Just had a look at the i5 and I was getting mixed up, she has the 51l. And as you say it can belt out some heat if you want it to presumably much more than 5kw

    typer
    Member

    I’ve got an Esse 125, large fire box with a big viewing window that never soots up with it’s airwash system unless you try to run it too low. Great stove, chucks out some heat too 🙂

    B.A.Nana
    Member

    nedrapier – Member
    Reading up on the Wesfire, looks nice too.

    The Westfire 35 is a 4.3kw and I’d concur that it won’t have you sitting in your undercrackers at full pelt due to it having a fairly small firebox. Perfect for my lounge which is only 4 metre square and mid terrace/cottage and always run at ramming speed due to being in a smokeless zone and not having the option to shut it down much. The Westfire 35 also fitted perfectly within my small fireplace space, many other good stoves are available based on slightly different criteria. I was very much looking at a stovax box, but a Westfire 35 ex display came up on ebay at half retail price, so I went for it. The general consensus on here, if you want to be a bit envro conscious, has always been to buy a smaller stove and run it around max, rather than a big stove shut down. I also liked the Westfire 17, but it was a bit too big for my space available. The big window stoves also depend on whether you prefer a box or contemporary stove (with legs) like that DG ivar you mention, just personal preference. There are so many to choose from and any quality branded ones should do the job. You just need to find the one that fits within your fireplace, heats roughly to your room size and is to your taste aesthetically.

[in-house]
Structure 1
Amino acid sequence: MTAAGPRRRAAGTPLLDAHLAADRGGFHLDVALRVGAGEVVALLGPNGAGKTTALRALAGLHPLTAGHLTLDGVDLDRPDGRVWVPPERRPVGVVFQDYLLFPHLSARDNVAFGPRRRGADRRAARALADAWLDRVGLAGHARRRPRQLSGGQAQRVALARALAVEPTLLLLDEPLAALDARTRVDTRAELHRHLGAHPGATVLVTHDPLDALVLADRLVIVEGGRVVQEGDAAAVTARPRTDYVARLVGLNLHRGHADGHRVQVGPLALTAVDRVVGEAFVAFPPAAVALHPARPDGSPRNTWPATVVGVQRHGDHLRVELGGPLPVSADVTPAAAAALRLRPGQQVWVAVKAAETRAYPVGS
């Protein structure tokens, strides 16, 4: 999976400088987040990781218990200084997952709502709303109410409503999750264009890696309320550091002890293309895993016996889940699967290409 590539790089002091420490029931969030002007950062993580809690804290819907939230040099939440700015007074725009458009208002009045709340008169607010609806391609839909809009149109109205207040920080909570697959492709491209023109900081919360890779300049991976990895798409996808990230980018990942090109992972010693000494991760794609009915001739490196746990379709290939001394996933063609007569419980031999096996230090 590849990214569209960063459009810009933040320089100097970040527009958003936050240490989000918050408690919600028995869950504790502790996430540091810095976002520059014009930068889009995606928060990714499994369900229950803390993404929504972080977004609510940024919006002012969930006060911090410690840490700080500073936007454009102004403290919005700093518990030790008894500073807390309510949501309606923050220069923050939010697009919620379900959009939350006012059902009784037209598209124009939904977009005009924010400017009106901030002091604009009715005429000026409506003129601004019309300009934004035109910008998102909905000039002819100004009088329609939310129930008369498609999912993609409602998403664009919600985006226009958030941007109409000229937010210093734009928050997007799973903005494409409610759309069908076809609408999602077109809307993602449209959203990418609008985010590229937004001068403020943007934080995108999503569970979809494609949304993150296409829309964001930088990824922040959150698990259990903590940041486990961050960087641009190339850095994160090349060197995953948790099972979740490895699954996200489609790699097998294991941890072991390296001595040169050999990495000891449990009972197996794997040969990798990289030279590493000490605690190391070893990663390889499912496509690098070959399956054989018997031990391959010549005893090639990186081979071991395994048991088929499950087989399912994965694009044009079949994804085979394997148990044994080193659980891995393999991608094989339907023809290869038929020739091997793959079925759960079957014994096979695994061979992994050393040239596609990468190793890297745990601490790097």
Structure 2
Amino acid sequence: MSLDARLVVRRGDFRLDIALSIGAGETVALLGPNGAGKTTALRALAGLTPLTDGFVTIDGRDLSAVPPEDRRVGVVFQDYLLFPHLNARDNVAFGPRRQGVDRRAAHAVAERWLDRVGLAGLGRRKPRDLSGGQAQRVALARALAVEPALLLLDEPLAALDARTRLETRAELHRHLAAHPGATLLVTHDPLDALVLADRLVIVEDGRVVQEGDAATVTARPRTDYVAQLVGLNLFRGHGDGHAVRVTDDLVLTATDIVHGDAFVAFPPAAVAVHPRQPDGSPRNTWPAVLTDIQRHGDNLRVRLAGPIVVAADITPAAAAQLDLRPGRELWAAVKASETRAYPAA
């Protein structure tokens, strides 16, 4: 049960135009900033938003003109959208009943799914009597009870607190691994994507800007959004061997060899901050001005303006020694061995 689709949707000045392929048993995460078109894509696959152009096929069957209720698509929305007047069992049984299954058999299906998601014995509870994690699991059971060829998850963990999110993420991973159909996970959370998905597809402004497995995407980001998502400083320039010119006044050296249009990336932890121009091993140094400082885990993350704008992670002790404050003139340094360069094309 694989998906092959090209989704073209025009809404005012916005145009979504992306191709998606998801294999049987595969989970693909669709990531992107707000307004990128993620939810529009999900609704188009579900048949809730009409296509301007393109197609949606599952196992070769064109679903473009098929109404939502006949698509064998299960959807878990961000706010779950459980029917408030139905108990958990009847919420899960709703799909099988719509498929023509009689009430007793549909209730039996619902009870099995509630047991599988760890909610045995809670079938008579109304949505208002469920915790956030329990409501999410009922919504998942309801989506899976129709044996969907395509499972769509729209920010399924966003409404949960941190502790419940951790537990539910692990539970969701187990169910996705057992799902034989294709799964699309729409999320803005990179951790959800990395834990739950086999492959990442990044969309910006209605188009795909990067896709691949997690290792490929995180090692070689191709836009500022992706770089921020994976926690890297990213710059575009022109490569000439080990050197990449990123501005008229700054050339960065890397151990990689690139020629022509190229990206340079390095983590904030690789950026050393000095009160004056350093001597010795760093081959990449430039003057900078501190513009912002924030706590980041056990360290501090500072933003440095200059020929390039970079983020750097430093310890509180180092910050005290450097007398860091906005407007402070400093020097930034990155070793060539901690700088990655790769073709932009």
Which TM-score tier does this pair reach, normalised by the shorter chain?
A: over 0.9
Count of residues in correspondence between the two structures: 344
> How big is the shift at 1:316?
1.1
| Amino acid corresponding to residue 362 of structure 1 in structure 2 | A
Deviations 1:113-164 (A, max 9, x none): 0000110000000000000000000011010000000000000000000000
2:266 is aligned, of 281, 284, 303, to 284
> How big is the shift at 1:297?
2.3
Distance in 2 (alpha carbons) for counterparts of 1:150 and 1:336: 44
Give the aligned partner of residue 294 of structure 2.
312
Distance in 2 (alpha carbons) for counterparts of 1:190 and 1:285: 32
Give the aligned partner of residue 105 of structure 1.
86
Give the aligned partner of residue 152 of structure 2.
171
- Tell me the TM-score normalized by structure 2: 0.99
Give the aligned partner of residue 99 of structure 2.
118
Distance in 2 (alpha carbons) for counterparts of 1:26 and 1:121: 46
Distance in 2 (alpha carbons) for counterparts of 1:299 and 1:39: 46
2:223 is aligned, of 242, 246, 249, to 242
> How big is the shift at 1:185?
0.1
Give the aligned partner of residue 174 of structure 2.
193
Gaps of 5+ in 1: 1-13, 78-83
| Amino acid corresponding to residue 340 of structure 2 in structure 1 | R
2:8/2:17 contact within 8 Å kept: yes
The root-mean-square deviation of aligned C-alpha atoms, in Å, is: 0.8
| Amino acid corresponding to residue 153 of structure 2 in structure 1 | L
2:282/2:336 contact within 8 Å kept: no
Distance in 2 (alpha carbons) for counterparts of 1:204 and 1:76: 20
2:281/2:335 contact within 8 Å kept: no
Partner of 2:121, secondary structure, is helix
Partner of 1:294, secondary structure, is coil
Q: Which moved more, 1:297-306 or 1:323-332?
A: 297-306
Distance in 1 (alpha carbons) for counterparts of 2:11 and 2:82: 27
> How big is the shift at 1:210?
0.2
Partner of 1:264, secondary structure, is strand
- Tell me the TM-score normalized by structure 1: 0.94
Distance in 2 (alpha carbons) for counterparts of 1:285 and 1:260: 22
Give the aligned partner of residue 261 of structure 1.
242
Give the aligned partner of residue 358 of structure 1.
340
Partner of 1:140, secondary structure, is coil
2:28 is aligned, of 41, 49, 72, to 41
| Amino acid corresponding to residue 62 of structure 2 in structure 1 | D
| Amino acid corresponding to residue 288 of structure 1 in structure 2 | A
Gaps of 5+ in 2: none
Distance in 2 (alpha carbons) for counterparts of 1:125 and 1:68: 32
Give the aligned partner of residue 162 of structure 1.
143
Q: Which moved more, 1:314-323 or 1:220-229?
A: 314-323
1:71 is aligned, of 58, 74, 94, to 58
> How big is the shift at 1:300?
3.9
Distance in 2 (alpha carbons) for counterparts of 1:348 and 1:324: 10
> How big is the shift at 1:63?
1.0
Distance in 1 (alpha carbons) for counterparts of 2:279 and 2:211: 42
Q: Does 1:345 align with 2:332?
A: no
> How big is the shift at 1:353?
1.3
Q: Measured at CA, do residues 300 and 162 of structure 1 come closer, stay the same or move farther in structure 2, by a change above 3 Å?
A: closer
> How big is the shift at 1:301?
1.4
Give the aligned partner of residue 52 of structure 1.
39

This is what I have ended up with and happy

    bueller
    Member

    I have a Clearview 650 with back boiler, but I wouldn’t replace it with another. I think there are nicer, more efficient stoves around now.

    I have heard Clearview as a company are actually for sale. I’m led to believe there isn’t much interest within the industry to purchase them though, as there are stringent new rules imminent and it will take an awful lot of investment in Clearview for them to achieve what is required.

    Whereabouts are you Ned?

    finephilly
    Member

    Aarow ecoburns are very good value imo

    timber
    Member

    We chose a Burley for big window, large firebox for logs, efficiency and because the door opens the right way for the room.